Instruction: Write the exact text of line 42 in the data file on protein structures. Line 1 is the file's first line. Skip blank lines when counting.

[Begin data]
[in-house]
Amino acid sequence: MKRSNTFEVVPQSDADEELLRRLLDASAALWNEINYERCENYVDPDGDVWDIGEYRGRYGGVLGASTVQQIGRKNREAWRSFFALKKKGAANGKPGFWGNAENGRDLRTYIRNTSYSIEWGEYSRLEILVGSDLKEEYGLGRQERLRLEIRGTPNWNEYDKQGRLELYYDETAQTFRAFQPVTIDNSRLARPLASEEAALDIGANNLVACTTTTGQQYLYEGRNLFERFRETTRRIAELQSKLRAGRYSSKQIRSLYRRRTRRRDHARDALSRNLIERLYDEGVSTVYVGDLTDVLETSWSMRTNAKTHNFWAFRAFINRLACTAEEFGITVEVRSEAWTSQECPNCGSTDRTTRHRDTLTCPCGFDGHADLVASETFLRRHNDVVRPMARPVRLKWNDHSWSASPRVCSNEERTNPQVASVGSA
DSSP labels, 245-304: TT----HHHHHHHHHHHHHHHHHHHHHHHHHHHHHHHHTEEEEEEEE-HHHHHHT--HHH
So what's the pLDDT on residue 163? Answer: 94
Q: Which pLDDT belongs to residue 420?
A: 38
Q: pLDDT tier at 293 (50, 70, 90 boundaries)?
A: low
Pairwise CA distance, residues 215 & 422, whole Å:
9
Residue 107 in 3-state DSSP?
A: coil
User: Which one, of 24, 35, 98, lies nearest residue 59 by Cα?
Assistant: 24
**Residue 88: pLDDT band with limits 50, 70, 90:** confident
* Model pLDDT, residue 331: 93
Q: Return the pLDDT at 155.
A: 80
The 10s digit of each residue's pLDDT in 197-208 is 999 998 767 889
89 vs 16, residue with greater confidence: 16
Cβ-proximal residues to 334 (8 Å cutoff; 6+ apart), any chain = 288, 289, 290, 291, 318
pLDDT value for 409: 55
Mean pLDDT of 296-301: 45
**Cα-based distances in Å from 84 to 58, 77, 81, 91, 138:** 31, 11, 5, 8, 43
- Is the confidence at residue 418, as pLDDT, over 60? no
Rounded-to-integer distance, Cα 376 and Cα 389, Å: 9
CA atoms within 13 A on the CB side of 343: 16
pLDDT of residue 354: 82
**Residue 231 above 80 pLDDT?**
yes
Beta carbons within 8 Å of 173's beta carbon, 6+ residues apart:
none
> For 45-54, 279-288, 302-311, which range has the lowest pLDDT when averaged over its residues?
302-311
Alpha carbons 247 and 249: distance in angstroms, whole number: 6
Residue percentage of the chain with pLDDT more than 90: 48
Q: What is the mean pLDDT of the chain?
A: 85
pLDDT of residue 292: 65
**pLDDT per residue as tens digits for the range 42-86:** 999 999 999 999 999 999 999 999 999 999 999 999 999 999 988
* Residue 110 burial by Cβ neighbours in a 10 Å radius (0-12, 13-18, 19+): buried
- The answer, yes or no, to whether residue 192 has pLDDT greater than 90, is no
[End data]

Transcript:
- The answer, yes or no, to whether residue 192 has pLDDT greater than 90, is no